James Lee Frost told Brinkley police "something just came over him" when he saw his friend and his girlfriend leave her apartment early on the morning of Jan. 4.
Witness says spat got hot, man shot
The Poteau Police Department responded to the scene of a car fire on Old Highway 59 Wednesday night.
Crimes discovered from proactive policing were up 14.9% in Jonesboro from 2016 to 2017.
Lawyers for a man charged with killing eight people in a Halloween terrorist attack in Manhattan say he'll plead guilty if the death penalty is not an option
An Arkansas man has been sentenced to 20 years in prison after pleading guilty to causing injuries to two young children, including his infant daughter.
Two thieves who took more than $500 from a Little Rock fast-food restaurant's safe used a key to enter the business, authorities said.
Multiple vehicles were hit in a shooting Tuesday evening, police said.
Authorities are investigating a shooting inside a Little Rock apartment on Tuesday night.
Formal charges have been filed against three women related to an Arkansas home invasion in which an 81-year-old resident fatally shot a suspected fourth intruder.
A suspect in the killings of a 24-year-old woman and her two children in Little Rock appeared before a federal magistrate judge Tuesday in Colorado.
Sale of phone ends in fake bills, punch
A woman who tried to sell her iPhone to a 16-year-old in North Little Rock was handed fake bills then punched in the face, she told police.
Hundreds of dollars was stolen in the burglary of a North Little Rock restaurant, police say.
Police on Saturday arrested a Fayetteville man in connection with stealing more than 10 vehicles, the Northwest Arkansas Democrat-Gazette reported.
Little Rock police believe that two assailants who raped and beat a woman last week also forced a woman into a vehicle at knife-point earlier that same night.
Little Rock police said Monday that two people who forced a woman into a vehicle at knifepoint last week are believed to be the same assailants who raped and beat a different woman later that same night.
Two central Arkansas women were arrested Saturday in the beating of a 21-year-old man on New Year's Day, police said.
Little Rock police are using a federal grant to buy technology that will cut the time it takes officers to link shell casings found at different crime scenes.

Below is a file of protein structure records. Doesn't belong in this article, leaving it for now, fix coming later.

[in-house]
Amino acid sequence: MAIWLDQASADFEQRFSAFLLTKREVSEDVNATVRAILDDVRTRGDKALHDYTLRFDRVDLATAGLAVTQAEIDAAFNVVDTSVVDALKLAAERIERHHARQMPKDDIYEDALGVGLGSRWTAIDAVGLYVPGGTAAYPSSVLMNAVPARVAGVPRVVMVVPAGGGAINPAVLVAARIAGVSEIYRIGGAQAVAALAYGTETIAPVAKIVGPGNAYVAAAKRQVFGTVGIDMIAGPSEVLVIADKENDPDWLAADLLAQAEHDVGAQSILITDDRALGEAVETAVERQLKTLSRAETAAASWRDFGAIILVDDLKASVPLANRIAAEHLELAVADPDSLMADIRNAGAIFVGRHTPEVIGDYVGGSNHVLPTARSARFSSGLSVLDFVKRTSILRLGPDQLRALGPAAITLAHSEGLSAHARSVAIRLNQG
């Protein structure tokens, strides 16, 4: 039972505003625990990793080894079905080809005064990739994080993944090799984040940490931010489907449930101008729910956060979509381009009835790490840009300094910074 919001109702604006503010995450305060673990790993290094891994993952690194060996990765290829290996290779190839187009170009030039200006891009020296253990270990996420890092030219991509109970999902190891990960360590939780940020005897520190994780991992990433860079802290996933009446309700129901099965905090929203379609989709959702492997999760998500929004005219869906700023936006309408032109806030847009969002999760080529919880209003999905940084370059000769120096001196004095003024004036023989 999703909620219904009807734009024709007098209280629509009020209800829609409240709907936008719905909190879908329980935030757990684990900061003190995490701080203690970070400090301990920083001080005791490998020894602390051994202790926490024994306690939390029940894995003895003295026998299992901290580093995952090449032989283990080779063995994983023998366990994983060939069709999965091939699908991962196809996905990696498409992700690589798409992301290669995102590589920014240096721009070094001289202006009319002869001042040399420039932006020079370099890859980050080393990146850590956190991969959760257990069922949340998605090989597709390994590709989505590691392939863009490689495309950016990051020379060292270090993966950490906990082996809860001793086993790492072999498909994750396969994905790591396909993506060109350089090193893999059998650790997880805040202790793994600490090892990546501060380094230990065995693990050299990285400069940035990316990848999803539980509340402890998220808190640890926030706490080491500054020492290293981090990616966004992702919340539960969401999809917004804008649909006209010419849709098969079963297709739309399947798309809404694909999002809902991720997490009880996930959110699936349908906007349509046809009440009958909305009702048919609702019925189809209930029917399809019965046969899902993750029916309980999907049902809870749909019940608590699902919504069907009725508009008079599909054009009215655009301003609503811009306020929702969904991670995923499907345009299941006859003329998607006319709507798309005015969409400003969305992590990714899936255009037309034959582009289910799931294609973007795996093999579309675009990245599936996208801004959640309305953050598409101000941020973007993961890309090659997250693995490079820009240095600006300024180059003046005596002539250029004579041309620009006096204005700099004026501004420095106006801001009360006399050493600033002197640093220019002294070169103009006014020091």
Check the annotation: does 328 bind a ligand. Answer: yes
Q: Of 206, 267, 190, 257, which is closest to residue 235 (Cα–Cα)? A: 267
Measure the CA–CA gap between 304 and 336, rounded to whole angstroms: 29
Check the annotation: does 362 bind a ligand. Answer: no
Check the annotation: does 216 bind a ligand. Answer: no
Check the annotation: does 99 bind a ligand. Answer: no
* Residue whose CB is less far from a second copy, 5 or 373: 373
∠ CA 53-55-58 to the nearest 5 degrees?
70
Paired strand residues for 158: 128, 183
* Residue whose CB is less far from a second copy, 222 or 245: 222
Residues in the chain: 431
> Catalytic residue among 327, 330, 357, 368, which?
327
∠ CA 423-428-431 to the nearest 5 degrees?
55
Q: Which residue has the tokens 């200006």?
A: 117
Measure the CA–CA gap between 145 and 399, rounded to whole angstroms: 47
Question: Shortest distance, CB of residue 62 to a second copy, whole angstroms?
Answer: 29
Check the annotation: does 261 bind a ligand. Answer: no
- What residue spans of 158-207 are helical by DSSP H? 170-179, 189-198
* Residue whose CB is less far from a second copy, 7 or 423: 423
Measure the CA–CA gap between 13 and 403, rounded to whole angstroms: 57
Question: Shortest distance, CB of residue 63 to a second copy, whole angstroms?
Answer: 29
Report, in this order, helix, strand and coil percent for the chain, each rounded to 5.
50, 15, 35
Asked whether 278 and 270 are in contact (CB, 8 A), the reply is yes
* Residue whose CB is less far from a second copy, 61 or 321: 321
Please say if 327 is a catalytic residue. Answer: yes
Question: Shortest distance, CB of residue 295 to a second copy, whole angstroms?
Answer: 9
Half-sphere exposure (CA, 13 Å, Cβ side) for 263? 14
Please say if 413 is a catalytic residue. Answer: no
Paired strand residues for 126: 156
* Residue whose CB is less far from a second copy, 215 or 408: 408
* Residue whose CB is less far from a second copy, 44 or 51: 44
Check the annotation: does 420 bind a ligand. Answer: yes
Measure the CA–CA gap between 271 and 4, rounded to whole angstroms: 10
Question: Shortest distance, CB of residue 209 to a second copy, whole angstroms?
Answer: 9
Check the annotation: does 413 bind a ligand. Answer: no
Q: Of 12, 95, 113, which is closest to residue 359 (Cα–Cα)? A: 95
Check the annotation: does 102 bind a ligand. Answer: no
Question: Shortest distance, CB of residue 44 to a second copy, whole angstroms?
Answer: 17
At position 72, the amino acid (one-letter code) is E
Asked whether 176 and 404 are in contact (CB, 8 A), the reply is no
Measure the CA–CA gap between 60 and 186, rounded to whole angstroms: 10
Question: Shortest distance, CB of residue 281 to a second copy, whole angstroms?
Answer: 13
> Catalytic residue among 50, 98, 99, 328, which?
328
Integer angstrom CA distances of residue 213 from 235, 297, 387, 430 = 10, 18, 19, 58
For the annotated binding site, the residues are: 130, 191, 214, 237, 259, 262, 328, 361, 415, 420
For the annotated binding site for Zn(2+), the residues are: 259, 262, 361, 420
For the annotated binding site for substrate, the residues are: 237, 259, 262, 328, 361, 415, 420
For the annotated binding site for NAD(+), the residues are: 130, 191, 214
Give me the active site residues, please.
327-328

A Little Rock man accused of killing a toddler in a "road rage" shooting in 2016 will explore an insanity defense.
Two women who provided medical services on a contract basis for the Arkansas prison system have been charged with sexually assaulting an inmate.
Lawyers and a federal judge met behind closed doors to discuss whether some documents should be off-limits to prosecutors as the public corruption trial of a former Arkansas state senator approaches.
An appellate court in Washington reversed a murder conviction this week because a prosecutor committed misconduct in closing argument through improper use of a PowerPoint presentation. If there is one jurisdiction in which prosecutors should know that they must be careful in how they deploy PowerPoint, it is Washington state. Courts there have actively policed these presentations, recognizing the powerful effect that visual advocacy can have upon a jury. A glimpse into the most recent reversal and the wider context reveal that prosecutors seem to be missing the point. Reluctant as ever to restrain themselves—despite, or perhaps because of, their ample powers—prosecutors continue to push the envelope. Good courts, like the ones in Washington, push back. In the murder prosecution of Encarnacion Salas, the State closed with a PowerPoint presentation that sought to undercut the defendant’s claim of self-defense. Relying in large part on a slide that contrasted an image and description of the defendant with one of the victim, the prosecution set up a trope based on what the appellate court described as “high school stereotypes.” The image of this slide in the opinion is small and a little blurry, but here it is: As you can see, the victim, Mr. Lopez, is portrayed squatting in front of “three people dressed in cartoon costumes.” The Washington courts have addressedView Full Post;
A few months ago, we published a detailed post highlighting two cases in which the Supreme Court had the opportunity to grant certiorari and “shut down judicial evasion of doctrines requiring prosecutorial accountability.” Unfortunately, the Court declined to take either opportunity, denying the petitions in Woods v. Smith and Stein v. US in October and December, respectively. While the cases themselves will now fall out of public view, both the problematic court opinions below and the doctrinal injustices they perpetrate remain intact. Keeping that in mind, it is well worth reviewing how these sorts of decisions enable prosecutors to further eviscerate due process decisions like Napue, Giglio, and Brady of their meaning. Let’s consider, for example, the Solicitor General’s Brief in Opposition in the Stein case. At issue in Stein was whether the Eleventh Circuit’s reading of Supreme Court precedent was flawed. Rather than treating a claim about the prosecution’s elicitation of and failure to correct false testimony as a stand-alone due process issue, the court of appeals collapsed the traditional Napue/Giglio framework, holding that defendants must show not only that the prosecution knowingly presented perjury, but also suppressed evidence of the falsity of the witness’s testimony from the defense team. In other words, on the Eleventh Circuit’s logic, there can be no Napue/Giglio violation without an independent Brady violation.View Full Post;